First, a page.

Off-duty Fla. nurse saves lives at beach

The nurse and her husband rushed to the beach and performed CPR after seeing two boys unconscious after being struck by lightning


By Jill Whalen
The Standard-Speaker

CLEARWATER, Fla.  Cassandra “Cassie” Yakubik Thomas was on the beach near Sand Key in Clearwater, Florida, earlier this week when she spotted stormy skies in the distance.

Fearing a thunderstorm, she and her husband, Jay, gathered their two children and retreated to their 16th floor vacation condo.

“The storm was bad. The thunder came rolling in and it sounded like it was right above us,” said Thomas, of Pardeesville, a pediatric nurse at Janet Weis Children’s Hospital/Geisinger in Danville. “I heard a huge bang, looked up and saw a pink lightning bolt strike the beach. I said to my husband, ‘Jay, that just struck the beach. Something’s not right.’”

Her intuition was correct. Through the drenching rain, Thomas saw two people lying on the beach.

“I said, ‘Jay, those people are laying there! I think they got struck!’” she said. “I just started screaming, ‘Are you OK? Are you OK?’”

One of those who was on the ground — later identified as Jansen Tabor, 18, of North Carolina — yelled for her help. He and his friend, Cameron Poimboeuf, 15, also of North Carolina, had been struck by lightning.

“I turned to my husband and said, ‘Jay, call 911! I’m going down!’” she said.

When Thomas couldn’t summon an elevator, she ran down 16 flights of stairs to the beach. Lightning continued and thunder boomed.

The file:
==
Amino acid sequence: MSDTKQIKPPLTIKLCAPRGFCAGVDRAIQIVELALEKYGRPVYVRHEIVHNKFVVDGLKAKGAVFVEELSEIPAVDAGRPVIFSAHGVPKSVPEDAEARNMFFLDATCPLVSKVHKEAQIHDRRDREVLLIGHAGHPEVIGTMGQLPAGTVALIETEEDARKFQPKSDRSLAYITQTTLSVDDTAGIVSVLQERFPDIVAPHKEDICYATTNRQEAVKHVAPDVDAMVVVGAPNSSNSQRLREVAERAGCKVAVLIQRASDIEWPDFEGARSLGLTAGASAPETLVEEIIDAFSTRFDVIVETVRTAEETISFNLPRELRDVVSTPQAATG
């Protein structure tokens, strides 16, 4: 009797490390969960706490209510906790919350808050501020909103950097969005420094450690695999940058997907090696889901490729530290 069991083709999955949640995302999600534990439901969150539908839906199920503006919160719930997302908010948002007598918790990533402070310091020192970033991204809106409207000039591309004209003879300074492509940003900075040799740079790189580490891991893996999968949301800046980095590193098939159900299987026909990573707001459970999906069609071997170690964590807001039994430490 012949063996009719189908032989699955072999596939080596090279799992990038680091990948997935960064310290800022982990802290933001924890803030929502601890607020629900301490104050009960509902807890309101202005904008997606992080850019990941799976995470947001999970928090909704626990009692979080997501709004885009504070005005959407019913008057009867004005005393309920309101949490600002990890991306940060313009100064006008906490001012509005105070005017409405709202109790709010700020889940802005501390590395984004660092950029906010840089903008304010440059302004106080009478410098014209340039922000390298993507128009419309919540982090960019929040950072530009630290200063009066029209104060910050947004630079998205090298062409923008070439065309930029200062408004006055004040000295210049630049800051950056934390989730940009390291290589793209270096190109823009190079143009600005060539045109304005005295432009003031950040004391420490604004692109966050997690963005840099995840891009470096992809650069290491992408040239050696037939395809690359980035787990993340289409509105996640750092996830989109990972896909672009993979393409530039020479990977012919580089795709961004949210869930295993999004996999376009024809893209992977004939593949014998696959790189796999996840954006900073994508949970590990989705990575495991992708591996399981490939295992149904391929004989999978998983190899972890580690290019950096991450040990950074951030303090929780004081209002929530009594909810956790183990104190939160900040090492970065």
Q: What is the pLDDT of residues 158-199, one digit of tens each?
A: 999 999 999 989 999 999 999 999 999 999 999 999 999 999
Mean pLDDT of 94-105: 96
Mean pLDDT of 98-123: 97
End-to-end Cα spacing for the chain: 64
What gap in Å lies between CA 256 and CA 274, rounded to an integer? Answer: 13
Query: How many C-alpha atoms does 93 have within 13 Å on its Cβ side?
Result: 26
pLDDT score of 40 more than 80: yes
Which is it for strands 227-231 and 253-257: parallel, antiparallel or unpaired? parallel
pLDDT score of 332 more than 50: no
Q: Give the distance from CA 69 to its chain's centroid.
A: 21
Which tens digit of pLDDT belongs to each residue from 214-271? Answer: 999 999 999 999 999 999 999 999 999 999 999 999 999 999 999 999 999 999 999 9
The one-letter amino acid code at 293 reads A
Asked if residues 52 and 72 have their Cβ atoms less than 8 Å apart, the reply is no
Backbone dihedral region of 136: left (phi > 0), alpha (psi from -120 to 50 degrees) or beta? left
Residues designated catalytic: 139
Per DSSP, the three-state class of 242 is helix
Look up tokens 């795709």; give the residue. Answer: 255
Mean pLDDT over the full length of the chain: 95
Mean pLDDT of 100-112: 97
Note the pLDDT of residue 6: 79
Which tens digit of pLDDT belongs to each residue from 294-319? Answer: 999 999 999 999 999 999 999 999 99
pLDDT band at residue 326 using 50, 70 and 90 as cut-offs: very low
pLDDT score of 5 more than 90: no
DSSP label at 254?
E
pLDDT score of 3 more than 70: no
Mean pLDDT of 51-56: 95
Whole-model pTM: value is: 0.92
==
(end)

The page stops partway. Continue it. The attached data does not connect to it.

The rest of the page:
“As I was running, I was thinking how unsafe it was to be going out there. (I was) just praying to God in the back of my mind to keep me safe so I could get to them,” she said.

She went to Poimboeuf first.

“He was face down in the sand,” she said. “I rolled him over and immediately started compressions.”

The teen didn’t have a pulse and wasn’t breathing. His skin had turned a bluish-gray.

Thomas continued cardiopulmonary resuscitation. Soon thereafter, off-duty police officer Kirk Pattison, and his wife, Jenny, from Illinois, arrived and helped with CPR.

“We just kept working and working until a firefighter came down and said, ‘We got to get him off the beach. Let’s go,’” Thomas said. “We picked Cameron up and ran him up the beach. We got him under an area at the pool so we had cover.”

As responders from the Clearwater Fire & Rescue Department ran for equipment, Thomas continued CPR.

“Other medics came and we just kept working,” she said. “We got him hooked to the AED, shocked him and he got a pulse.”

Both boys were rushed to local hospitals. Tabor was released Thursday, and Poimboeuf continues his recovery, learwater police spokesman Rob Shaw said.

“He’s walking and talking again,” Shaw said of Poimboeuf.

On Friday, Clearwater police awarded Thomas and the Illinois couple with Good Samaritan medals, an award given to those who go above and beyond in helping others. Tabor, who was released from hospital care Thursday, attended the ceremony with his family.

“She was in the right place at the right time and was able to use all her medical background and talents to save these teenagers,” Shaw said of Thomas. “What she did on Tuesday was a selfless and heroic act.”

Clearwater news station WFLA reported that doctors called both boys’ survival “a miracle.”

“No one survives that kind of hit the boys took,” said Tabor’s mother, Claudette Tabor.

The parents also told the news station that they aren’t sure what could have happened had Thomas and the couple not stepped in.

“We’re blessed by the grace of God that Cameron is still here,” said Poimbouef’s father, Kevin Poimbouef.

Copyright 2016 the Standard-Speaker 

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